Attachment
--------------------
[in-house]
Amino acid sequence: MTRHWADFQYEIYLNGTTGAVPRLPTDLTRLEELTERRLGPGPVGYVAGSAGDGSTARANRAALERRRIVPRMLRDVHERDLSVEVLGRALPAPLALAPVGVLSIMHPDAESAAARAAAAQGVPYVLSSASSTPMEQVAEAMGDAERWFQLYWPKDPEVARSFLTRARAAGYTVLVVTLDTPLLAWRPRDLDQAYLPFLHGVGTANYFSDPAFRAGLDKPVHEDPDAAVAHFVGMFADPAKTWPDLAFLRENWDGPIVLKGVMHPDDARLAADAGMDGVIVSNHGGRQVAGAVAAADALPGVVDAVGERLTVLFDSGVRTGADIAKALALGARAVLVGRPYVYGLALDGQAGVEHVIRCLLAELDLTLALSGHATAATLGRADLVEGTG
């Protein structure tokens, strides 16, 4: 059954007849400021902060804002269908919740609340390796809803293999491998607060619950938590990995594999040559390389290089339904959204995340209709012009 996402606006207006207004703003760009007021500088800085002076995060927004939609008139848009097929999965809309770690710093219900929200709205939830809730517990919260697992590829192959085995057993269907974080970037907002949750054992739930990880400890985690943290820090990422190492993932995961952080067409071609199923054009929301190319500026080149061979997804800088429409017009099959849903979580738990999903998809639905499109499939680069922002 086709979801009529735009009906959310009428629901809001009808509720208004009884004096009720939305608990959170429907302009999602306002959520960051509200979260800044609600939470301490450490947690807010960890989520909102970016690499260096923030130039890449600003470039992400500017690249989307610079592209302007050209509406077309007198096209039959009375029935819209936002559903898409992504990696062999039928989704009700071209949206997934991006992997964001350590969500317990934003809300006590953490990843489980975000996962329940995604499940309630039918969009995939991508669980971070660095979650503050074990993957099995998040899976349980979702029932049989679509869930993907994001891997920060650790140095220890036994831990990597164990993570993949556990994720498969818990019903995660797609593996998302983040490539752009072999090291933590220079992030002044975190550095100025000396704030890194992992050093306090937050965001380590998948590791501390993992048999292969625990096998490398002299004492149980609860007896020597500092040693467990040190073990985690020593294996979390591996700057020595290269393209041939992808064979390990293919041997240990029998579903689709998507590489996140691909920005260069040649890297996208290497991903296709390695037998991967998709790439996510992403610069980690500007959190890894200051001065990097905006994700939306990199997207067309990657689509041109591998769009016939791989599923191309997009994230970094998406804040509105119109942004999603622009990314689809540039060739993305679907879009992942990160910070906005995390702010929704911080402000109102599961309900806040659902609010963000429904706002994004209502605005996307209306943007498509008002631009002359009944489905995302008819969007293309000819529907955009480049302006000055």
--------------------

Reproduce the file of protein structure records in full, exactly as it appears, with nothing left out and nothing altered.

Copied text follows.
[in-house]
Amino acid sequence: MTRHWADFQYEIYLNGTTGAVPRLPTDLTRLEELTERRLGPGPVGYVAGSAGDGSTARANRAALERRRIVPRMLRDVHERDLSVEVLGRALPAPLALAPVGVLSIMHPDAESAAARAAAAQGVPYVLSSASSTPMEQVAEAMGDAERWFQLYWPKDPEVARSFLTRARAAGYTVLVVTLDTPLLAWRPRDLDQAYLPFLHGVGTANYFSDPAFRAGLDKPVHEDPDAAVAHFVGMFADPAKTWPDLAFLRENWDGPIVLKGVMHPDDARLAADAGMDGVIVSNHGGRQVAGAVAAADALPGVVDAVGERLTVLFDSGVRTGADIAKALALGARAVLVGRPYVYGLALDGQAGVEHVIRCLLAELDLTLALSGHATAATLGRADLVEGTG
């Protein structure tokens, strides 16, 4: 059954007849400021902060804002269908919740609340390796809803293999491998607060619950938590990995594999040559390389290089339904959204995340209709012009 996402606006207006207004703003760009007021500088800085002076995060927004939609008139848009097929999965809309770690710093219900929200709205939830809730517990919260697992590829192959085995057993269907974080970037907002949750054992739930990880400890985690943290820090990422190492993932995961952080067409071609199923054009929301190319500026080149061979997804800088429409017009099959849903979580738990999903998809639905499109499939680069922002 086709979801009529735009009906959310009428629901809001009808509720208004009884004096009720939305608990959170429907302009999602306002959520960051509200979260800044609600939470301490450490947690807010960890989520909102970016690499260096923030130039890449600003470039992400500017690249989307610079592209302007050209509406077309007198096209039959009375029935819209936002559903898409992504990696062999039928989704009700071209949206997934991006992997964001350590969500317990934003809300006590953490990843489980975000996962329940995604499940309630039918969009995939991508669980971070660095979650503050074990993957099995998040899976349980979702029932049989679509869930993907994001891997920060650790140095220890036994831990990597164990993570993949556990994720498969818990019903995660797609593996998302983040490539752009072999090291933590220079992030002044975190550095100025000396704030890194992992050093306090937050965001380590998948590791501390993992048999292969625990096998490398002299004492149980609860007896020597500092040693467990040190073990985690020593294996979390591996700057020595290269393209041939992808064979390990293919041997240990029998579903689709998507590489996140691909920005260069040649890297996208290497991903296709390695037998991967998709790439996510992403610069980690500007959190890894200051001065990097905006994700939306990199997207067309990657689509041109591998769009016939791989599923191309997009994230970094998406804040509105119109942004999603622009990314689809540039060739993305679907879009992942990160910070906005995390702010929704911080402000109102599961309900806040659902609010963000429904706002994004209502605005996307209306943007498509008002631009002359009944489905995302008819969007293309000819529907955009480049302006000055």